2. As it had to be translated, there would be no"sacred text" and I could more readily play around with my adaptation. I used the original play, an abridged French version, and an English translation to cross-check.

3. The basic theme of the play, avariciousness, was understandable in Chinese culture, as was the subtheme of arranged marriage.

4. There was no great complexity of characterization, and there was ample opportunity for slapstick humor, which guaranteed plenty of laughs.

5. There were 15 characters with a number of female roles.

The biggest problem the play seemed to pose was the size of Harpagon the miser’s role. It would require particular dedication and skill for any actor that took on this part. In the original there are a few nonspeaking parts. I decided to write in some lines for all of these characters and try to increase their time on stage by giving them "things to do" which would either act as a natural backdrop to the main action, or even become the focus of audience attention briefly.

The students approved my choice. Initially we did some play readings to give them the feel of the play and also to enable me to choose a cast in consultation with my assistant director, a female student who was proving to be exceptionally capable as an organizer. All male students who attended were guaranteed a part, but there were far fewer female roles than female students. A partial solution was to give two female students fairly important male roles, and to change the sex of two minor roles to female. Some female students had to be disappointed, though they were offered the chance to help backstage. We ended up with a cast of nine female and six male students, a female assistant director, and two stage managers, one male, one female.

Selecting the actors

Choosing the students for the roles was exceptionally difficult. One or two students proved immediately to have good voices and acting ability. But I had to discover who might have the potential to take on one of the major roles because the majority of students were inexperienced and unsure of themselves when they read a part out loud. I chose the main character because his face suited the part and he seemed to have a good sense of humor, although his pronunciation needed a lot of work. He had also done some acting in Chinese and was very keen despite the number of lines he knew he had to learn.

In an early session I also gave students a tentative timetable of rehearsals and technical meetings and a list of responsibilities which individuals would need to take on. I also gave them a vocabulary list of theatre terms which I would be using and which I expected them to learn. Since Chinese universities have semesters, and the half-year break coincides with the Chinese New Year, the vacation lasts several weeks. I did not start rehearsals until after the holidays as a long break in rehearsals saps motivation. The break, however, gave students time to start learning their parts. Coaching from their speech tutors began immediately.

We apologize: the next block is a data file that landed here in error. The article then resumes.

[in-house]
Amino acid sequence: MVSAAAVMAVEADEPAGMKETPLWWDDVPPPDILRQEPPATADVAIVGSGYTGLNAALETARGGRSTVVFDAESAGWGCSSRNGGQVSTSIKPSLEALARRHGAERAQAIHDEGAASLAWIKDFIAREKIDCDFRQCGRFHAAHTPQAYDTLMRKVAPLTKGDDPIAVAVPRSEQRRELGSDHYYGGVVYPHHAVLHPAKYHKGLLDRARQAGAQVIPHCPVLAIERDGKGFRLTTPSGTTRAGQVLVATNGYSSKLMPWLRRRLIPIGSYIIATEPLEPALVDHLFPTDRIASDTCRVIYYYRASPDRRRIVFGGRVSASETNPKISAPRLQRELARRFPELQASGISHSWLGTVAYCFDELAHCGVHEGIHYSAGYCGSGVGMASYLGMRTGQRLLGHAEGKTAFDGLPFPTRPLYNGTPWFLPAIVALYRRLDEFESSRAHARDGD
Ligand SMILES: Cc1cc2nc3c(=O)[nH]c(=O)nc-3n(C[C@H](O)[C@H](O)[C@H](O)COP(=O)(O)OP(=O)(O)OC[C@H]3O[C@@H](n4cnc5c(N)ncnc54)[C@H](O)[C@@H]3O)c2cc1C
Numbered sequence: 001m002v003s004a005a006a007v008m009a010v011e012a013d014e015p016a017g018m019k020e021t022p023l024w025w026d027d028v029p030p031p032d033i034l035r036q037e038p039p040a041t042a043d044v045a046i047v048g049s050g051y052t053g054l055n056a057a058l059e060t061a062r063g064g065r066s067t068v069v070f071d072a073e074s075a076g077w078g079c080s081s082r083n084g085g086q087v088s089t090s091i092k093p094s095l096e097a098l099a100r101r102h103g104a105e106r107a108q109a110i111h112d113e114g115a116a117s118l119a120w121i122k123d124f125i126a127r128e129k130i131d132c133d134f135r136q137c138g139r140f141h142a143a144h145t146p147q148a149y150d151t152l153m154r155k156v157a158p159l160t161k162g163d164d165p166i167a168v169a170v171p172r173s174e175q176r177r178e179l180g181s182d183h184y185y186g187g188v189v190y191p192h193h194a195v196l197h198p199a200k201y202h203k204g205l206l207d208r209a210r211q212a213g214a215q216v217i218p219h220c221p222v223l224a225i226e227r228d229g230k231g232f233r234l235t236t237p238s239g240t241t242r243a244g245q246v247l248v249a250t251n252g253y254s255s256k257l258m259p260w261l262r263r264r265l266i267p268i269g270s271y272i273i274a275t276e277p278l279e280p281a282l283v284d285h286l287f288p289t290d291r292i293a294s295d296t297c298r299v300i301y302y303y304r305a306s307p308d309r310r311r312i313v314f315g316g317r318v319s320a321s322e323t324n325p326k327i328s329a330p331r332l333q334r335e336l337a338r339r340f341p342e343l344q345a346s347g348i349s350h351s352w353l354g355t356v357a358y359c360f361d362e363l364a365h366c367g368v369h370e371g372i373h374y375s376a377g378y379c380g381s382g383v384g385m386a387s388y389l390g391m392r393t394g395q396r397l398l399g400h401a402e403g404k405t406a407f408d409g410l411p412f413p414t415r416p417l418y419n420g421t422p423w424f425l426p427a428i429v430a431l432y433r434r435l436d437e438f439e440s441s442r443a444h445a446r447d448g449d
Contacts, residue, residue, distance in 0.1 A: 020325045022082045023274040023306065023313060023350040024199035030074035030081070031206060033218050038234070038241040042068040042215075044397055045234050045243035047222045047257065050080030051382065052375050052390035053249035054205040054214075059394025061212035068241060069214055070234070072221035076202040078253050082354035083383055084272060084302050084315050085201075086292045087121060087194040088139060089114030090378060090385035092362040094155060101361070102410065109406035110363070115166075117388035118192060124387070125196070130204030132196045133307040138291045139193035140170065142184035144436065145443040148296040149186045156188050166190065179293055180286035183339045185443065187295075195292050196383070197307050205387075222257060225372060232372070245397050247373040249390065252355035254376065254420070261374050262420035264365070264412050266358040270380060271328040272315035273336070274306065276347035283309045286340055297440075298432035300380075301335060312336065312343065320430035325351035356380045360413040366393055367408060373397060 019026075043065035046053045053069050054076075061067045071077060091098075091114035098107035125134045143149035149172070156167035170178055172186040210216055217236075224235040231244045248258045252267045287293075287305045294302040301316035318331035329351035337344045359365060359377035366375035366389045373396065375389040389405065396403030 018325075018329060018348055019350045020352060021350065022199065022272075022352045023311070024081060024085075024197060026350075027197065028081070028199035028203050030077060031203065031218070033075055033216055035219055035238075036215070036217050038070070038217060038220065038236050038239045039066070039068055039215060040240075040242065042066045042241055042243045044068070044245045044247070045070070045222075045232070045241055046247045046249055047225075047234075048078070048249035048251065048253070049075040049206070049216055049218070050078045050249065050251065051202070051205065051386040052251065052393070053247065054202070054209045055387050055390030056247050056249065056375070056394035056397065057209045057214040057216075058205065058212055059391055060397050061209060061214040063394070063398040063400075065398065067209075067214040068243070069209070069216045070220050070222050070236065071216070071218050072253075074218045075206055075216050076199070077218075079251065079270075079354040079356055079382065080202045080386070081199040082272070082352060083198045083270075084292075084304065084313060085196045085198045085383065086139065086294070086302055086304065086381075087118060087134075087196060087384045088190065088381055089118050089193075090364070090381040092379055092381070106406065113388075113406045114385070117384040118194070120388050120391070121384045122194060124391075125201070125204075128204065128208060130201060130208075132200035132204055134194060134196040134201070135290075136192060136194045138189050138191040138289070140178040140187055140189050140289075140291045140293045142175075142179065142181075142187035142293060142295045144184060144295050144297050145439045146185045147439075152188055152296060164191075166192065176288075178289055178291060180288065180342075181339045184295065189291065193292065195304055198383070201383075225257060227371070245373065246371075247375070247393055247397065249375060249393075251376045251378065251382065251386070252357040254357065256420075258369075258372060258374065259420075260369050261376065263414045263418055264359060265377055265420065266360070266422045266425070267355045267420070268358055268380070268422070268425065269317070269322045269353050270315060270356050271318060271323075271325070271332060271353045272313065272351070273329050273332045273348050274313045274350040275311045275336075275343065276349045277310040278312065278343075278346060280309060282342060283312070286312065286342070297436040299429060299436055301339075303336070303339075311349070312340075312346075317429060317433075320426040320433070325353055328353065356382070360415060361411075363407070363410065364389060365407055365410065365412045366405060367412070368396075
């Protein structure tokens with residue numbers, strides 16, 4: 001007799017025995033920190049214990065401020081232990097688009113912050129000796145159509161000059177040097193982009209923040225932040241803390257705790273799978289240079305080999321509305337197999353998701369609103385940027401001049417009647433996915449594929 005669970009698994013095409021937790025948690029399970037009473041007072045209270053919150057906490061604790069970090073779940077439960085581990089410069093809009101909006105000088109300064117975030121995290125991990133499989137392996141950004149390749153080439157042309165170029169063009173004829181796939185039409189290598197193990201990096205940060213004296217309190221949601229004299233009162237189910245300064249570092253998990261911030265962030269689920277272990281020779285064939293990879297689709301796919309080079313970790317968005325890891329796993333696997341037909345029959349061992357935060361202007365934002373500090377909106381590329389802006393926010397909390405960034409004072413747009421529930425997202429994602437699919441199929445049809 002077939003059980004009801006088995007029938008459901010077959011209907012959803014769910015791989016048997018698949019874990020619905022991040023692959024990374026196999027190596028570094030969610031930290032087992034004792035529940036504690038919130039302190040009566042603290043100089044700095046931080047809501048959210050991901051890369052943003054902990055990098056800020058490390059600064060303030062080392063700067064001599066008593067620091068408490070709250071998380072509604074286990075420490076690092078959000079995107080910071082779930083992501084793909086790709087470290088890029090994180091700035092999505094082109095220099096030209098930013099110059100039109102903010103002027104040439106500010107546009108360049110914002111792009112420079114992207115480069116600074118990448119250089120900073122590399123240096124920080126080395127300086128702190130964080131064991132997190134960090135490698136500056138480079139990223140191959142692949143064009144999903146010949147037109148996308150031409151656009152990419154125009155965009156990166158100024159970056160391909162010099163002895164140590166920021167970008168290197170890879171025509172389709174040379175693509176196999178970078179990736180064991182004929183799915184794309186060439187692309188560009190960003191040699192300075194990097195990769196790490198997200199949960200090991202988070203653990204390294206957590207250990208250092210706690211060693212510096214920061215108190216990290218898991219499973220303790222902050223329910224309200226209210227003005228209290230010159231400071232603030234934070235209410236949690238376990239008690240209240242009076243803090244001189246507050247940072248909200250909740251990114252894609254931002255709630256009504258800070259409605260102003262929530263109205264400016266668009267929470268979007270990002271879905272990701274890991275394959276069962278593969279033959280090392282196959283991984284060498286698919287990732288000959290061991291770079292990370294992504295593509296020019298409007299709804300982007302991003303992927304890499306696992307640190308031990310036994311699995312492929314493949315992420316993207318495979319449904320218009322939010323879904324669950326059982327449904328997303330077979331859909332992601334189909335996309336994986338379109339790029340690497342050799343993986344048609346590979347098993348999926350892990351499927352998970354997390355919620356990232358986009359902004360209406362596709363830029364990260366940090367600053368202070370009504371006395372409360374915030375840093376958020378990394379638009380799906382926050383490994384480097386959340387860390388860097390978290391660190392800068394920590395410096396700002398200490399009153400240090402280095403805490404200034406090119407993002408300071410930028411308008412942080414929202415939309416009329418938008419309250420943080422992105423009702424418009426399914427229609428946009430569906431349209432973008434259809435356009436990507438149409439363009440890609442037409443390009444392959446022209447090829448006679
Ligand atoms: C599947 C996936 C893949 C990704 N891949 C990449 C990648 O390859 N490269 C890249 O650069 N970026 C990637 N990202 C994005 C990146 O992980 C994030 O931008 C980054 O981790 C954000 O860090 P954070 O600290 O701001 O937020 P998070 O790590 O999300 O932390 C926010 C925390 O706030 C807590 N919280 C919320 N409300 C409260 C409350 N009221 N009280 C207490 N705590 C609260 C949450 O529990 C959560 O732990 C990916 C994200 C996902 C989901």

Rehearsing

I started weekly rehearsals in March, then increased them to twice weekly, with additional sessions with small groups of students or individuals when I needed to work out trickier sections of the play. On the occasions I could not attend, the assistant director ran the rehearsals. Things did not always run well. Some students had problems with the language, many had to be coached closely on how to move on stage and deliver their lines, and most had problems learning their lines. I tried at first to deal mainly with movement on stage, but I found I also had to deal with more basic problems such as pronunciation, particularly of key words, and stress, particularly contrastive stress.

At first, most students were very self-conscious at attempting any real acting, but gradually they forgot this as they got used to working together. I also showed them by demonstrating myself how I wanted them to act, which also helped in fostering trust in what I was asking them to do. One misconception about the nature of acting on a stage I had to clear up very quickly was that no amplification would be used so we would have to do a lot of work on voice projection.

Learning the lines

Later, as they began to learn their lines, I began to concentrate on the timing of delivery and the variation in the pace of sections of the play. Throughout we discussed the kind of characters they were portraying and how they saw themselves in that role. I was able to give precise characterizations of the players according to my interpretation, but I forced myself – possibly not enough – to allow the students to develop a character as they saw it if they showed the ability to do this. I was very aware that I was often dictatorial – but this is part of being a director, and I knew I welcomed clear leadership when I myself was interpreting a role. I did ease off during the last couple of weeks, when students had gained enough confidence to experiment with their role; and I was always ready to try out student suggestions. I spent a long time toward the end of rehearsals dealing with actors who were on stage but not speaking. They needed to be either following the dialogue or busy with some activity without upstaging those who were speaking. I also spent a disproportionate amount of time with those playing minor roles so that they felt themselves to be an integral part of the production. They commented later that they felt this work was particularly valuable.

Ending the rehearsal

Toward the end of rehearsals, we also had more technical meetings in which all the cast and technical staff were consulted about problems. Specific tasks were also allotted then, such as getting programmes printed, posters made, props and costumes hired or borrowed, music recorded, suitable sound equipment found, and make-up artists recruited. The art department painted scenery, a simple backdrop suitable for all five acts of the play. We had immense problems getting a firm commitment for the use of an auditorium on campus for at least a dress rehearsal and a couple of performances on weekend evenings. We lurched from crisis to crisis as we were promised an auditorium, then were refused it or asked to perform at inappropriate times.